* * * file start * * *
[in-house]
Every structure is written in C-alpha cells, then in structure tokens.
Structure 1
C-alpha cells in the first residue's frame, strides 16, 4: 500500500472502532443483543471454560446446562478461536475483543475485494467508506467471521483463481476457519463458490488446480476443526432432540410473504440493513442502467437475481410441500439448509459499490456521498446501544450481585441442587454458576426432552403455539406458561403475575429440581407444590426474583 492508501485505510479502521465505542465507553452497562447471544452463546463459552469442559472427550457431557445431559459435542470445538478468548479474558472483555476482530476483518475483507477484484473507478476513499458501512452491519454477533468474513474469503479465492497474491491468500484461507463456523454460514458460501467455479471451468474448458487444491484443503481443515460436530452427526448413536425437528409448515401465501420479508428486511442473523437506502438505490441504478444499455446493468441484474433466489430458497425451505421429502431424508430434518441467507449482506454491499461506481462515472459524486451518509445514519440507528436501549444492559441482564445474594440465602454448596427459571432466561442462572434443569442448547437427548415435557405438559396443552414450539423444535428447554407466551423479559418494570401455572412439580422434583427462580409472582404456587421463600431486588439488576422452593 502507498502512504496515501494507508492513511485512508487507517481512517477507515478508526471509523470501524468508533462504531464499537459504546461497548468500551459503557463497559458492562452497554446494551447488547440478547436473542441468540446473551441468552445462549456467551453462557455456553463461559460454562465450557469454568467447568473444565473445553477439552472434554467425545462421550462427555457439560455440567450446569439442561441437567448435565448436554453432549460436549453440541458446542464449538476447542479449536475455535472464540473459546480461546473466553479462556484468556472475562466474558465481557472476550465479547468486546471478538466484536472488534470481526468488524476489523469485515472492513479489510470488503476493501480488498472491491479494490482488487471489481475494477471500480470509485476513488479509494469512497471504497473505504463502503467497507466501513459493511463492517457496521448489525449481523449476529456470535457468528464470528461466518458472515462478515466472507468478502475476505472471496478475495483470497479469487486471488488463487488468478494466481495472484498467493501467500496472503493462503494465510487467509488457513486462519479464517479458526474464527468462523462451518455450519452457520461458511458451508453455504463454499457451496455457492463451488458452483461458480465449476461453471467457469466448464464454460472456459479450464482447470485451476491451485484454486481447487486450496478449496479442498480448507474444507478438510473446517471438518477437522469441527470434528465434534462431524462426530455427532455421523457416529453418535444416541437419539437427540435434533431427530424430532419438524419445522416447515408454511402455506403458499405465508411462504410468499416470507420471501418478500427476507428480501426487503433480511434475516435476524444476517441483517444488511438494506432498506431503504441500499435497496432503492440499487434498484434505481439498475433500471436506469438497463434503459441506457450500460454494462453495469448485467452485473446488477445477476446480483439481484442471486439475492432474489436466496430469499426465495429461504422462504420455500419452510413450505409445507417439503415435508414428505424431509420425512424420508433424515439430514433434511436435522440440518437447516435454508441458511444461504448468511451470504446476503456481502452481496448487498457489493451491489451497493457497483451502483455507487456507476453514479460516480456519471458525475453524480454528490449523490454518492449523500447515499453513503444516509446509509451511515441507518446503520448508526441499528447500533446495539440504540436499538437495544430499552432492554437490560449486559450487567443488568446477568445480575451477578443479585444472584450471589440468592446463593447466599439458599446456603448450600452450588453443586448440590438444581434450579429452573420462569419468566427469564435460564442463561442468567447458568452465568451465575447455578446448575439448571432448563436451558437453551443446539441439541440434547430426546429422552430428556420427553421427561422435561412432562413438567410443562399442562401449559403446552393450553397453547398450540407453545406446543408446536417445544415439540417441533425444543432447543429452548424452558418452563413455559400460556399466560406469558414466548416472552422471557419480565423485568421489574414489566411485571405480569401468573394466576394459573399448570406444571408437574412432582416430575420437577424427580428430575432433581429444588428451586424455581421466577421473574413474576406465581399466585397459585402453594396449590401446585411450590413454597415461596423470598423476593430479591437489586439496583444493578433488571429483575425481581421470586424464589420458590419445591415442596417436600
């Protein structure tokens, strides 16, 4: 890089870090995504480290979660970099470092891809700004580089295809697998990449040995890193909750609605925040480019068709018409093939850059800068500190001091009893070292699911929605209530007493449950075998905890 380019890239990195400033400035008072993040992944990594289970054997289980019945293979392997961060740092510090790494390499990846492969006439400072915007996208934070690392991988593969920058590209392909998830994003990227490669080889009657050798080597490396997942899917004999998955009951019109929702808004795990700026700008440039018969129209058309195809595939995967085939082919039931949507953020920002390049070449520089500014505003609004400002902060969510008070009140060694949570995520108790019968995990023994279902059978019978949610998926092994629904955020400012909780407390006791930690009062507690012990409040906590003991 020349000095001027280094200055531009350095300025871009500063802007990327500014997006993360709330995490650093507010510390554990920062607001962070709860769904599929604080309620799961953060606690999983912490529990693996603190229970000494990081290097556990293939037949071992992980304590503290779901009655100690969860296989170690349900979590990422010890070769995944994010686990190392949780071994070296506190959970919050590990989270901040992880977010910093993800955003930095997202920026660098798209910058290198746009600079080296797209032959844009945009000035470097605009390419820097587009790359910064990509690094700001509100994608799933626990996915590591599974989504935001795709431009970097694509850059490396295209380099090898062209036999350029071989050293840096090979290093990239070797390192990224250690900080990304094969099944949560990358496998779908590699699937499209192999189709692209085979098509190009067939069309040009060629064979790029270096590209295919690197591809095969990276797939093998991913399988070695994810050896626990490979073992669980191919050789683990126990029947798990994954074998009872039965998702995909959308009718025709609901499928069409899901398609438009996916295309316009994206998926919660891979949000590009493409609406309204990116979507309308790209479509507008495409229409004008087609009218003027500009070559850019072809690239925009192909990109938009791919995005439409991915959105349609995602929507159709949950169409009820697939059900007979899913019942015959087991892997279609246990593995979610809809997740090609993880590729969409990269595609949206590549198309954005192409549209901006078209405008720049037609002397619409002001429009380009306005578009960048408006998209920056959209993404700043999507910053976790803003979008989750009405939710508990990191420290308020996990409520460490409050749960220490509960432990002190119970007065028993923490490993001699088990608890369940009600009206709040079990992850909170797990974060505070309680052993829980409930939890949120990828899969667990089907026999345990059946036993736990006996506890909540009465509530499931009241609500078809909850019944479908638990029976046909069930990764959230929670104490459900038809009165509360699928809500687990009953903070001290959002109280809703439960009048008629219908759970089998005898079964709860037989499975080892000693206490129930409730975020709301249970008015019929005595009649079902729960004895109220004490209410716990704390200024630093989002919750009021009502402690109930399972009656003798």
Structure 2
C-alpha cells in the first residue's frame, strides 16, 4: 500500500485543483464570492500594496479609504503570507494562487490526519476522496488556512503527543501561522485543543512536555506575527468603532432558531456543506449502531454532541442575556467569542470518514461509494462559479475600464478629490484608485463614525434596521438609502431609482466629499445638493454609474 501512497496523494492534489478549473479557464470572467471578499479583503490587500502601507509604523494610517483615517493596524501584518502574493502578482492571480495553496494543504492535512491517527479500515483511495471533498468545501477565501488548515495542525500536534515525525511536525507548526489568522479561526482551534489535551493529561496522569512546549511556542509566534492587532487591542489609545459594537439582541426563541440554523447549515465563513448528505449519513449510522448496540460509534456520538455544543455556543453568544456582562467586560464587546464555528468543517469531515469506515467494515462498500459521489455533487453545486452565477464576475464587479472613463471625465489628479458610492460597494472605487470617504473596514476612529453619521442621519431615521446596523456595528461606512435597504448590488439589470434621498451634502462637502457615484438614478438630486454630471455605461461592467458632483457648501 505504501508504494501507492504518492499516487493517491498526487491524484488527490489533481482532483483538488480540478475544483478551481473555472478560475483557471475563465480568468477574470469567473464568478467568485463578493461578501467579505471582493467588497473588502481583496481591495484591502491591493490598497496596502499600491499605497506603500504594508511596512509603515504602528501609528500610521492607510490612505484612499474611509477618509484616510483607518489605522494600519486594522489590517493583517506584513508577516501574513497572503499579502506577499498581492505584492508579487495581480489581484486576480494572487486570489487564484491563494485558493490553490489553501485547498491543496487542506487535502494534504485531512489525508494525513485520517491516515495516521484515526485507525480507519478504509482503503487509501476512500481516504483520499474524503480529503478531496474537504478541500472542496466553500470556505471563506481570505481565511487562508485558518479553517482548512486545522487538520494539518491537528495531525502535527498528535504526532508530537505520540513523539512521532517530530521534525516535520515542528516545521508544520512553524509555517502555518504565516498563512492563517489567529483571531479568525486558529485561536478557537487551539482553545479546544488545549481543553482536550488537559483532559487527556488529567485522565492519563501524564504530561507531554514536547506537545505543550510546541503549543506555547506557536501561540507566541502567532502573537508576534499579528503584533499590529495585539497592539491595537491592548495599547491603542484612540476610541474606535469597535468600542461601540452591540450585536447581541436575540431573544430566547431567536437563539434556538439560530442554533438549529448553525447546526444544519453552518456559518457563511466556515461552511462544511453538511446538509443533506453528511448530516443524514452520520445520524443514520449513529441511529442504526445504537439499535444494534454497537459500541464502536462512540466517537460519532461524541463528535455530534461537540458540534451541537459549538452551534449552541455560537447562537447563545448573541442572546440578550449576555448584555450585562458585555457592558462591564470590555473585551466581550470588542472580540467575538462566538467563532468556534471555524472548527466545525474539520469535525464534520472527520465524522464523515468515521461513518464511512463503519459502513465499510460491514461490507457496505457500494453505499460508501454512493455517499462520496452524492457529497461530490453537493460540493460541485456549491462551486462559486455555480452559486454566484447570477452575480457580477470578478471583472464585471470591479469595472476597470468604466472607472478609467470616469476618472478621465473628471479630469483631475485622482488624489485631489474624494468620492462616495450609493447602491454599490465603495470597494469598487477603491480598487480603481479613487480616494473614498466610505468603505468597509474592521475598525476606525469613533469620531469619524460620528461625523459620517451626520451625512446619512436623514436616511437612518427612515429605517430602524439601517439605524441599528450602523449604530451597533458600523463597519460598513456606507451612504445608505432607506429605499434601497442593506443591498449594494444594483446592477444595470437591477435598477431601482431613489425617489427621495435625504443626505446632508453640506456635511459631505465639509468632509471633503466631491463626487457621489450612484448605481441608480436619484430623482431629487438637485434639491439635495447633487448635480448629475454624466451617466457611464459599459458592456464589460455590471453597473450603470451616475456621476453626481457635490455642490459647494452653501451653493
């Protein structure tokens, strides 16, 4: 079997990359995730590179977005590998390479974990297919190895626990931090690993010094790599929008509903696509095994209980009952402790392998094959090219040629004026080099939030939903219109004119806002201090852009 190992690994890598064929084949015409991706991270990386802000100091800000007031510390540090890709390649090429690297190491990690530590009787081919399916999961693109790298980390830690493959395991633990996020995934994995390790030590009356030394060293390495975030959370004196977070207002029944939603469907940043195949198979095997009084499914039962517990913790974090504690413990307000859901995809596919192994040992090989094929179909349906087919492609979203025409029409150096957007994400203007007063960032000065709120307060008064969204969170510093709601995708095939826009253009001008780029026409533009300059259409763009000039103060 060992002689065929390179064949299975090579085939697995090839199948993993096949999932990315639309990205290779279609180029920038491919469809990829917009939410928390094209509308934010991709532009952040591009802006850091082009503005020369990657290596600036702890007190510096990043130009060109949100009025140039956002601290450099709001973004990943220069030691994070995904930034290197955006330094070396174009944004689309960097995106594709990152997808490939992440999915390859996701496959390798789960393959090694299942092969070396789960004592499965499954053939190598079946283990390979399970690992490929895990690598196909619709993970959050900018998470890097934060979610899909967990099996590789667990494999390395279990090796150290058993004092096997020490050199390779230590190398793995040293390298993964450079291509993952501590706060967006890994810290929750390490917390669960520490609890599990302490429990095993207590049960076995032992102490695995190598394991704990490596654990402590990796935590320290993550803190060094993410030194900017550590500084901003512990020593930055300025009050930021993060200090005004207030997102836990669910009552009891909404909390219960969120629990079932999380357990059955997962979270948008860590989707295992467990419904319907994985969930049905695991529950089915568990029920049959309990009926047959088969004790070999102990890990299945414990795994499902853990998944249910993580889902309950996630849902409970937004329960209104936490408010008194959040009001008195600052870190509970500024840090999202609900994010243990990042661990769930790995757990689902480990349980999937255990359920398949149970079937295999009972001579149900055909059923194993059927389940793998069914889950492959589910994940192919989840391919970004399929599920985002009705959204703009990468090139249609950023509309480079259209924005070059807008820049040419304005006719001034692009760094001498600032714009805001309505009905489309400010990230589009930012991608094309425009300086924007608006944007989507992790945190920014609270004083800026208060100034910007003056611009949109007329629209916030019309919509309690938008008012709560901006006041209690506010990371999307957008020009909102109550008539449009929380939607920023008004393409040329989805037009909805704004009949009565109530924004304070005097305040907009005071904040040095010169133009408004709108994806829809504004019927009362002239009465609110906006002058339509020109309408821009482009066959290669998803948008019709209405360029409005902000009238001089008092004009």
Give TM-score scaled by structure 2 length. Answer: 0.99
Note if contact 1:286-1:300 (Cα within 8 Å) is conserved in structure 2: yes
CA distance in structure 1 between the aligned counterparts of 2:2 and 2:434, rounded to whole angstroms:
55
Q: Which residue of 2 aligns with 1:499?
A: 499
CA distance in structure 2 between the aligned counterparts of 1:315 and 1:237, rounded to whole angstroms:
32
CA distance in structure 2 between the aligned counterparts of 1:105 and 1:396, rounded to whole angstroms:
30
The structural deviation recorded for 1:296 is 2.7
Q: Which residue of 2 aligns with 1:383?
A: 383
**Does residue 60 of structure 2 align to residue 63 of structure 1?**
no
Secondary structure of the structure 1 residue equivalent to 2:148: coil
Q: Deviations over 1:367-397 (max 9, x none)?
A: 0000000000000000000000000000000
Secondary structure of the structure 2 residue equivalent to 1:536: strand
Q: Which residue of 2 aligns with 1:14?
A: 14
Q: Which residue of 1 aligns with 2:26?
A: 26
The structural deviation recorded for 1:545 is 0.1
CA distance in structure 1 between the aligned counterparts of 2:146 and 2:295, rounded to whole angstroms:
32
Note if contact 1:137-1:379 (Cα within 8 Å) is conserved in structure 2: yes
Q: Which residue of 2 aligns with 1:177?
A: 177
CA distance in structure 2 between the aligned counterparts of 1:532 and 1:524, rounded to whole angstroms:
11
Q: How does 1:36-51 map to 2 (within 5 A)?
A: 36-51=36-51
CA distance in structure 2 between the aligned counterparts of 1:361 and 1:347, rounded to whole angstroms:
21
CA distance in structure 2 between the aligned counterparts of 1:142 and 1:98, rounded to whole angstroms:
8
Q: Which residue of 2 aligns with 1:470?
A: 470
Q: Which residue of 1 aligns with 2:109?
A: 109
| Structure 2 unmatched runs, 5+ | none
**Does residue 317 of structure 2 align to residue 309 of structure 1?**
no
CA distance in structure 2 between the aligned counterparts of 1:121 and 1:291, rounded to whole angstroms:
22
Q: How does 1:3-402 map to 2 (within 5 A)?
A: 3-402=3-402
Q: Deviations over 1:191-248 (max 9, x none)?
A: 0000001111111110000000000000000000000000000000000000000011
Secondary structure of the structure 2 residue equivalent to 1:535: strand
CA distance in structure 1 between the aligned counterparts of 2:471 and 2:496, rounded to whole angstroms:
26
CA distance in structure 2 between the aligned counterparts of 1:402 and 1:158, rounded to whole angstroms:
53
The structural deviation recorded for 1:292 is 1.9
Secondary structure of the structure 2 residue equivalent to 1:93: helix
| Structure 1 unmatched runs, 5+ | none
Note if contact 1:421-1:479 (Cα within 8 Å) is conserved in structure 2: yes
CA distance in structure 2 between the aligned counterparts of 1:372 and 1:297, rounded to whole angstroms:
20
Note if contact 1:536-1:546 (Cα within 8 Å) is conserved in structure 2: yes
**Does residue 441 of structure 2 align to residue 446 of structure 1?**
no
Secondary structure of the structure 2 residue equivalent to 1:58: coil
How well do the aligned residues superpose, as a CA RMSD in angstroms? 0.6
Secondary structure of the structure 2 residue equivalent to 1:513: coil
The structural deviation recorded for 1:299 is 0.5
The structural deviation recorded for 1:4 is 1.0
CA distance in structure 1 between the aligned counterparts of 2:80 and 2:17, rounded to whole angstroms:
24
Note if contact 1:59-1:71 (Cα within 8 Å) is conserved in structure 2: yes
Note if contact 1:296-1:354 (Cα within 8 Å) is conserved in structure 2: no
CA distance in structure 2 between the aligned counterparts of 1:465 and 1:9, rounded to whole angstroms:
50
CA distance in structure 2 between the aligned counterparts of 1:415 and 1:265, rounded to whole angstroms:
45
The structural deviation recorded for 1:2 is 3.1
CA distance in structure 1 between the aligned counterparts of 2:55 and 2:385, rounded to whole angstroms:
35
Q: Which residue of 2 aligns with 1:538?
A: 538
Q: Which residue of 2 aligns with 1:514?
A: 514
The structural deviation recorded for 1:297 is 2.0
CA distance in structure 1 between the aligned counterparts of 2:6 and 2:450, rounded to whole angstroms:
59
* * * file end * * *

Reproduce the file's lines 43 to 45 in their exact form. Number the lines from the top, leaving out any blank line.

21
CA distance in structure 2 between the aligned counterparts of 1:142 and 1:98, rounded to whole angstroms:
8